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Rockaway rallies to rescue libraries

Rockaway residents rallied in support of their libraries and to speak out against budget cuts. Photo by Steve Mosco
TimesLedger Newspapers

The fight to save city libraries from budget cuts took to the beach when a rally was held in Rockaway last Thursday.

Members of the community joined elected officials and library staff in a march down the boardwalk to highlight the need to preserve library hours and jobs. The event started simultaneously at two different Queens Library branches in the area: Arverne and Seaside.

Walking the boardwalk and holding signs in support, backers converged at Queens Library at Peninsula to make their voices heard.

“Libraries play an essential role in our community, providing valuable resources to southern Queens and Rockaway families in this tough economy,” said state Assemblyman Phillip Goldfeder (D-Ozone Park), who grew up in Rockaway. “With Queens Library facing one of the largest budget cuts in history, hundreds of jobs, as well as critical services such as Internet access and job-training programs, are being threatened. It’s imperative that we maintain funding for our libraries.”

During testimony before the City Council last week, Queens Library CEO Thomas Galante cited the Rockaways as a prime example of why library facilities are so vital. He said the Adult Learning Program in the Rockaways is on track to shepherd more than 6,000 adult students with English language and pre-GED programs.

“Job-seekers in the Rockaways flocked to the library to take advantage of the complete services Queens Library offers — from résumé and cover letter writing classes to one-on-one career counseling sessions and links with job placement,” Galante said.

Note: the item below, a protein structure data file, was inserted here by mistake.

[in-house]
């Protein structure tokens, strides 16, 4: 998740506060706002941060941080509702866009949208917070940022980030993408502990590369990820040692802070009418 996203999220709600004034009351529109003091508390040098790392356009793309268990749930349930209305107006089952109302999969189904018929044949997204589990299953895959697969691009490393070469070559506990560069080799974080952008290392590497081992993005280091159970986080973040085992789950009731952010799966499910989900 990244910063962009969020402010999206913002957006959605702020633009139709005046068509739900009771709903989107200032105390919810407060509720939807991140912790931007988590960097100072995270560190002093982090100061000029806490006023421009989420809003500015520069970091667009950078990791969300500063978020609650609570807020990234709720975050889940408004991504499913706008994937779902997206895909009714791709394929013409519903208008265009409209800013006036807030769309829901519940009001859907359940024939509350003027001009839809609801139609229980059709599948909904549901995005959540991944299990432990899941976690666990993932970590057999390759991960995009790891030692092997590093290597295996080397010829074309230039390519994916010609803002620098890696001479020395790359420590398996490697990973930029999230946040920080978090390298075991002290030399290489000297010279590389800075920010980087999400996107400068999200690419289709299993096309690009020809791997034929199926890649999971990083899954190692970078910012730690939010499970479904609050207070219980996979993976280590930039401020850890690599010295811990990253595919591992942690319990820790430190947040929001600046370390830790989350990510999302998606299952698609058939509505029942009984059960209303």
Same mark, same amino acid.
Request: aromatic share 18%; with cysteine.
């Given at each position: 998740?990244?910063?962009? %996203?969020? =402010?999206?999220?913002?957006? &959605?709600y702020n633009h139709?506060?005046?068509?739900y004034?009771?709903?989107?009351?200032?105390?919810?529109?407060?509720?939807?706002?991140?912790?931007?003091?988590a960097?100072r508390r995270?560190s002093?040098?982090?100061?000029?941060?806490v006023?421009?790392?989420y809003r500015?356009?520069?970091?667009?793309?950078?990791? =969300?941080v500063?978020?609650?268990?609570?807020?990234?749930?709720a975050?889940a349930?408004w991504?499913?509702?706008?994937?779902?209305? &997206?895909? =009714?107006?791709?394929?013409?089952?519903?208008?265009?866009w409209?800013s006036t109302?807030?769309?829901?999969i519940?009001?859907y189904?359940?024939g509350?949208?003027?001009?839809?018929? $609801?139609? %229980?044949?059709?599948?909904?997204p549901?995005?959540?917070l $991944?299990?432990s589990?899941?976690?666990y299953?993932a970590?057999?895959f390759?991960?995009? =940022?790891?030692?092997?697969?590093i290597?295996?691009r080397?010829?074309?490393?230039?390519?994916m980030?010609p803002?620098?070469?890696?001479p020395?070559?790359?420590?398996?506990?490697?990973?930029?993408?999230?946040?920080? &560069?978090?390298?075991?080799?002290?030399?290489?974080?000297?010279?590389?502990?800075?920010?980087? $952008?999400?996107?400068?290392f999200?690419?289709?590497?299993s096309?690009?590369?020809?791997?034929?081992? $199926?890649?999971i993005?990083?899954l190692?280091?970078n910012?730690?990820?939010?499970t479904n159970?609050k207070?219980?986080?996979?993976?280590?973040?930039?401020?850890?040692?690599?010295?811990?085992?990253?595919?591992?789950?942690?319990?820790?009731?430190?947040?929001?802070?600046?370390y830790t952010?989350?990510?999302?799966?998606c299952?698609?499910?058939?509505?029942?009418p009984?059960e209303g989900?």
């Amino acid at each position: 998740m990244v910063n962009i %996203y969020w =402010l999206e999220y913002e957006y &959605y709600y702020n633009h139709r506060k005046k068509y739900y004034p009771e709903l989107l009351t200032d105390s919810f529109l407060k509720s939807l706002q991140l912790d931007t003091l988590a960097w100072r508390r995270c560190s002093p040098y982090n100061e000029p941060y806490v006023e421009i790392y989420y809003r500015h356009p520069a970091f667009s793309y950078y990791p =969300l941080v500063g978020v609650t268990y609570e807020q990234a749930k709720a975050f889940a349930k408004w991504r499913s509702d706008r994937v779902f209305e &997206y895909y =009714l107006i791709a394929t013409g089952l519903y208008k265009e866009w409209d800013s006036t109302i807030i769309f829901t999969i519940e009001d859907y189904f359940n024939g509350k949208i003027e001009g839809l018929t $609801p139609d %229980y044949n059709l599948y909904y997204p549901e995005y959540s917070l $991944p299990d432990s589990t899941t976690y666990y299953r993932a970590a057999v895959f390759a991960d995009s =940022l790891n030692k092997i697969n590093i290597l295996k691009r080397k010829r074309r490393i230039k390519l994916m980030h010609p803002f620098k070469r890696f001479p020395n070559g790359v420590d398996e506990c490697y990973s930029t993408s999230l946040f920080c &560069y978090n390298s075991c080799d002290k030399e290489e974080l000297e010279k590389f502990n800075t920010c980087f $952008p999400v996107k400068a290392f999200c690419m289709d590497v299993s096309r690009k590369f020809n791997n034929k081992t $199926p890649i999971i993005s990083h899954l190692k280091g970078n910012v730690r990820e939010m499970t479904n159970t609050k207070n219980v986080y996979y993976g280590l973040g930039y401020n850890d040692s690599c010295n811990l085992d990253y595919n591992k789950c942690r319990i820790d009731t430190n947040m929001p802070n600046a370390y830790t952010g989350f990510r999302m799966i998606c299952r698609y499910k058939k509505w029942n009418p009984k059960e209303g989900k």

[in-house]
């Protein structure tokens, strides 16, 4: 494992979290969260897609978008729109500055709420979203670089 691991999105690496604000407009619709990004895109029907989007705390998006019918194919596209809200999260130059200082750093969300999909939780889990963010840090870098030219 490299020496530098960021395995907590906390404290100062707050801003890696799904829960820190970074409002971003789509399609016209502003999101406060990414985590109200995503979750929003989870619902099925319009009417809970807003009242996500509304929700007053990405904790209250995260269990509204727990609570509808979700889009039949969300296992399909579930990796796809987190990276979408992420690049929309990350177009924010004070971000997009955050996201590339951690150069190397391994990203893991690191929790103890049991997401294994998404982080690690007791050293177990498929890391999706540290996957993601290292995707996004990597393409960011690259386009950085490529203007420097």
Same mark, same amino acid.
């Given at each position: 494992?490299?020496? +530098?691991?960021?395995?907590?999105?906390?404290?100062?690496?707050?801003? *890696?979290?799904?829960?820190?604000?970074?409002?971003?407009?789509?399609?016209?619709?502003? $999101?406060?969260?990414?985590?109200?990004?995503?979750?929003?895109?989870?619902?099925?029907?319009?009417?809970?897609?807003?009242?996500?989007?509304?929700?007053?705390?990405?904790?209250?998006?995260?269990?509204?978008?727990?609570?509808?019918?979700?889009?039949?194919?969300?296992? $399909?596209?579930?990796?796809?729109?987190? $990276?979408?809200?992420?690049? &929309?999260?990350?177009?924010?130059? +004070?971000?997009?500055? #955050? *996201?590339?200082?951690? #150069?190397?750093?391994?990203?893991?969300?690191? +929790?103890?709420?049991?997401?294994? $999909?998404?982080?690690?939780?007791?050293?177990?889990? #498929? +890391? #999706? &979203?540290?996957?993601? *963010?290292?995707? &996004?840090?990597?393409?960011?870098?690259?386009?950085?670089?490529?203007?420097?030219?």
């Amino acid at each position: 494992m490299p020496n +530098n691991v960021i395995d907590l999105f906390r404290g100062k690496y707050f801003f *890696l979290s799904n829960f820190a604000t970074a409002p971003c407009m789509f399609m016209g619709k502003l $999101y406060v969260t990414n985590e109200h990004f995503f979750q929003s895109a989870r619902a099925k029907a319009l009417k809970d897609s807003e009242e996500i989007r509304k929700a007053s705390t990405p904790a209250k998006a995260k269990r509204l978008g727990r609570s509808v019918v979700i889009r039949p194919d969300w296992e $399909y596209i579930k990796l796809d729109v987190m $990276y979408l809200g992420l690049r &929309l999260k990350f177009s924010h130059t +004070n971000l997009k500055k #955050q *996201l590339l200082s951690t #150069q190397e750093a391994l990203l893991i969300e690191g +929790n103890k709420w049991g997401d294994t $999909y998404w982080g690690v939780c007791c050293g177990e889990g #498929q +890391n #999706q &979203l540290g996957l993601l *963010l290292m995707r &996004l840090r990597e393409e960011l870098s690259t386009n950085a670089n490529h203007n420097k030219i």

Children who joined the rally said they do not want to see library hours cut — in fact, they want to see the libraries stay open seven days a week.

“Libraries are the place we go to learn,” said Sadie Nadal, 11. “Without libraries, how would we exercise our brains?”

Nadal’s friends, Chelsy Parada and Ephram Kebede, agreed, and both were part of a loud chorus of “save our libraries” in front of the Peninsula branch.

City Councilmen Eric Ulrich (R-Ozone Park) and James Sanders (D-Laurelton) said the difficult economic times underscore the need for libraries since the facilities provide residents with a free resource for books and the Internet.

“Libraries serve as a critical resource in our communities, and rest assured I will do everything I can to fight for our share of funding,” said Ulrich. “I was pleased to provide money for the recent renovation at the Seaside branch and have committed $500,000 in capital funds for renovation at the Peninsula Library in the upcoming budget.”

Lew Simon, the Democratic district leader of the Rockaways, brought up the fact that libraries are often used as heating and cooling centers — providing relief to residents in both the summer and winter. He also said Queens cannot afford to throw away jobs for hundreds of residents.

“We need these libraries now more than ever,” he said. “We saved the libraries before and we will save them again.”

Reach reporter Steve Mosco by e-mail at smosco@cnglocal.com or by phone at 718-260-4546.

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